Time Warner Inc., after finally dropping its plans for metered internet services for the time being, appears to be back to its old ways. This story begins in Wilson, North Carolina. Wilson is a small city of about 47,000 residents located in the middle of North Carolina, roughly 45 minutes east of Raleigh, the state's capital.
The city's residents, like many, long complained over high internet, cable, and telephone prices. So the city launched an ambitious $28M USD program to deliver these services basically at cost, at much lower rates than local service providers Time Warner Inc. and Embarq.
For example, the city offers an expanded basic cable (81 channels), 10 Mbps (download and upload), and a digital phone plan with unlimited long distance to the U.S. and Canada, all for $99.95. A comparable plan from Time Warner Inc., with six fewer channels (no Cartoon Network, Disney, The Science Channel, ESPNU, ESPN News, or ESPN Classic) and lower upload speeds costs $137.95, for an introductory rate, which lasts a few months and then will likely be ratcheted up.
The city service, named Greenlight Inc., also offers a premium package with 20 Mbps (download and upload), faster than any service provider in the area (Time Warner Inc. and Embarq's "Turbo" plans top out at 15 Mbps download). And Greenlight also offers a stunning 100 Mbps (download and upload) local service as well, though it is not listed on their website in the basic packages.
Rather than admit defeat to the pesky local service and go quietly, Time Warner Inc. and Embarq decided to take the fight to the state government, lobbying for several years to get the state government to pass laws to try to destroy the local effort. And sure enough, thanks to a lot of hard work (and money), the cable companies are close to getting their wish -- North Carolina's State Senate have proposed bills to not only effectively crippling or banning the local service, but also to prevent such services from getting funds under the broadband portion of the national Stimulus law.
The city, has blasted the move, launching a new blog and urging the state government to reject the initiative. Writes Brian Bowman, the city's Public Affairs Manager, "I have a 10Mbps up/down connection at my house. Can’t get half that from the cable company. I buy it directly from the City of Wilson. After less than a year of residential service, almost 3,000 Wilson citizens are subscribing to Wilson’s fiber optic network. Local businesses can get up to one Gbps."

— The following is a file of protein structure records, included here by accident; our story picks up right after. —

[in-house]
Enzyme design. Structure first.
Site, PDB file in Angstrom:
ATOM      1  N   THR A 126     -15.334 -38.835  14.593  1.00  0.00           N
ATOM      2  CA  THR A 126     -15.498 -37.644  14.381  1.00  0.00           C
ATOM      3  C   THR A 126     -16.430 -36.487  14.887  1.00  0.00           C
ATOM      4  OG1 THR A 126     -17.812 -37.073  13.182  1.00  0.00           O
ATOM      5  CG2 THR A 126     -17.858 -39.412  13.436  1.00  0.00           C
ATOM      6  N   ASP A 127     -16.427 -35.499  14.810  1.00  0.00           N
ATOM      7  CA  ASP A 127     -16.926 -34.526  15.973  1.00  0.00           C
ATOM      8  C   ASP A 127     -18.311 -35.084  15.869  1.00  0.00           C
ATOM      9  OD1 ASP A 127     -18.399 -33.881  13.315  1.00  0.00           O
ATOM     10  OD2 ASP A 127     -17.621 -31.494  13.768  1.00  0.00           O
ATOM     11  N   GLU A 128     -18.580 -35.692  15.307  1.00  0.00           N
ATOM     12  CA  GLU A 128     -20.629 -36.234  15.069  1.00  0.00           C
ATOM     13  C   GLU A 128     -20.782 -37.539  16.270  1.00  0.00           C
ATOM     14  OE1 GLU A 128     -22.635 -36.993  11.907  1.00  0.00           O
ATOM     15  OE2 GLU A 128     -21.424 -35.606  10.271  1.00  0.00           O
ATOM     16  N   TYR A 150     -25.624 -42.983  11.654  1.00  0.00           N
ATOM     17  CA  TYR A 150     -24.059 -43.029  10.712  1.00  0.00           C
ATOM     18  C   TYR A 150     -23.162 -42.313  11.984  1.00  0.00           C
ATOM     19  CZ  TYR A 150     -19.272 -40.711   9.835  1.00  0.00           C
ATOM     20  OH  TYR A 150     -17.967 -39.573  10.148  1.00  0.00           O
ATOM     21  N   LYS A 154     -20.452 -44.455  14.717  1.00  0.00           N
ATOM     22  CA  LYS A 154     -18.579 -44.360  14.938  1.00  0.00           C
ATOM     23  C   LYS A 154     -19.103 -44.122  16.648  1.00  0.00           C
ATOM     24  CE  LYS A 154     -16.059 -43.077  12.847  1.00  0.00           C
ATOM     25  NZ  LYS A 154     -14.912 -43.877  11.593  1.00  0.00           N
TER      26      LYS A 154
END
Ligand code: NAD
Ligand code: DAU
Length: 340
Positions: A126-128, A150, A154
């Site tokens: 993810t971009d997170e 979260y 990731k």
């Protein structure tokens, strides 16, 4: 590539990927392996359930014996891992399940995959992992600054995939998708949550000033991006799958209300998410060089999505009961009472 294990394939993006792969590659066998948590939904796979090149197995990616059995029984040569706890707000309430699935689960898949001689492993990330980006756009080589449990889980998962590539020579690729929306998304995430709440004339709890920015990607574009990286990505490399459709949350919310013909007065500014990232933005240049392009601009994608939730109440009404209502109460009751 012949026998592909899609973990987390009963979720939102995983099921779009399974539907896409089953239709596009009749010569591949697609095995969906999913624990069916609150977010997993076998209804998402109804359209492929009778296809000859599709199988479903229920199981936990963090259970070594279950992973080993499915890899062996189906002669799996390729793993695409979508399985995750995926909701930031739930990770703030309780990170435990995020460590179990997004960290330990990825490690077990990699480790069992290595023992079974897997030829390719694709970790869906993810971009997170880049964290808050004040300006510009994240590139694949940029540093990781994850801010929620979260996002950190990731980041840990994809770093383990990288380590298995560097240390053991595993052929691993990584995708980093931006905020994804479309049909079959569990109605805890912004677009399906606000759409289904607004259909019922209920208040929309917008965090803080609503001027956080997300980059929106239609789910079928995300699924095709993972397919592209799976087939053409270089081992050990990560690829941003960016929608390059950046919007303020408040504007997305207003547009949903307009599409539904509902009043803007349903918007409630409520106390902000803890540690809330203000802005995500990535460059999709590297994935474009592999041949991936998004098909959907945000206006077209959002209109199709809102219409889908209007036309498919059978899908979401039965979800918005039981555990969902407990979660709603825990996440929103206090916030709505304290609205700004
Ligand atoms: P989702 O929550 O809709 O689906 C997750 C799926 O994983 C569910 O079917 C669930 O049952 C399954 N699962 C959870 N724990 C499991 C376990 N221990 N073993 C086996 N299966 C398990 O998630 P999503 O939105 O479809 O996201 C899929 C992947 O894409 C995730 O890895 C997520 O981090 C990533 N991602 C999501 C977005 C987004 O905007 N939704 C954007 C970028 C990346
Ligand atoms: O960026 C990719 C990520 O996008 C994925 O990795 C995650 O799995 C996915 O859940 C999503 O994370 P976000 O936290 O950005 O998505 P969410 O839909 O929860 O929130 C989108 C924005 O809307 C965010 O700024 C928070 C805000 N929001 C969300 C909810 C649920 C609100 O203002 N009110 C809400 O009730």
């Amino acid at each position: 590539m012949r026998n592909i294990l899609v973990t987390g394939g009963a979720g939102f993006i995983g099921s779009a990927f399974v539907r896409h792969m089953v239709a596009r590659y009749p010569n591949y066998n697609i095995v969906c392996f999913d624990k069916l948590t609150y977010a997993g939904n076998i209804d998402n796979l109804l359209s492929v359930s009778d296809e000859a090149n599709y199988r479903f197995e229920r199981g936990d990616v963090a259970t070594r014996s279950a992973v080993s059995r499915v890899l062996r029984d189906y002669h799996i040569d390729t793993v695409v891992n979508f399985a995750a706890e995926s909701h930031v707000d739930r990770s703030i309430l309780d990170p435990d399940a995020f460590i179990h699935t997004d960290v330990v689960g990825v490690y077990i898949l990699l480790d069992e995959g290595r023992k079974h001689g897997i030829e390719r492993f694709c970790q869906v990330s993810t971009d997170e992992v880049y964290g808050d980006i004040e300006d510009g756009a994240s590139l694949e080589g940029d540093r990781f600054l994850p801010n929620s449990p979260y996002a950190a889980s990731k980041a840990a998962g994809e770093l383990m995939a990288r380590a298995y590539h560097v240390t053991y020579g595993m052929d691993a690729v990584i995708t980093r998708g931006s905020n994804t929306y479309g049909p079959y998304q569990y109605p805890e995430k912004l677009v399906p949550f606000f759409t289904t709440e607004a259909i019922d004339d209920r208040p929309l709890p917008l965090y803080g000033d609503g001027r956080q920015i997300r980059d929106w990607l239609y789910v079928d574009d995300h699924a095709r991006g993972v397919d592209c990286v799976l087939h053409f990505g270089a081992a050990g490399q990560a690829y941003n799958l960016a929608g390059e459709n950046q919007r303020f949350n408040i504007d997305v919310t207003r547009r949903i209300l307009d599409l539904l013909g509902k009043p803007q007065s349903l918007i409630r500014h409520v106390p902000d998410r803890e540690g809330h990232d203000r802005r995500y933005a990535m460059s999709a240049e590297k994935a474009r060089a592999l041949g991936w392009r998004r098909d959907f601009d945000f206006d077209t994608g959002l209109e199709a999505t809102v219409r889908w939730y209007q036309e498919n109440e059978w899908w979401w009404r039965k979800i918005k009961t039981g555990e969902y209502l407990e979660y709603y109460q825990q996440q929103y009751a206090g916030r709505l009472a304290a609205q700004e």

He continues, "If the cable/phone companies really want a level playing field, they’d open their books just like we do in the spirit of open meetings and open records law. They don’t want a level playing field. They want to be the only team on the field."
"Bottom line, these companies are using your state lawmakers to protect monopolies. It was wrong in 2007 when a similar bill died in the house and it’s wrong today."
The real irony, of the situation is that a recent report, by local newspaper IndyWeek indicates that the city first approached Time Warner Inc. and Embarq with a request for faster internet for residents and local businesses. The cable companies refused, unwilling to cut into their profit margins. So the city took it upon itself, and in the end found out it could sell the service to citizens at a fraction of the cost.
Local provider Embarq still defends its decision, saying it has the right to make money (which it argues Greenlight Inc. does not). The company's spokesperson states, "We would love to deploy DSL everywhere. We try to make smart financial decisions not only for shareholders but customers. In the very rural areas, sometimes it would take two, three or more years to even pay for the investment."
The issue is very non-partisan, in that the anti-competition bills are supported by a mix of Republicans and Democrats (a previous similar bill had been proposed by Rep. Drew Saunders (D-Mecklenburg) and Vice Chairman Rep. Harold Brubaker (R-Randolph)). Opposition to the measure is equally mixed.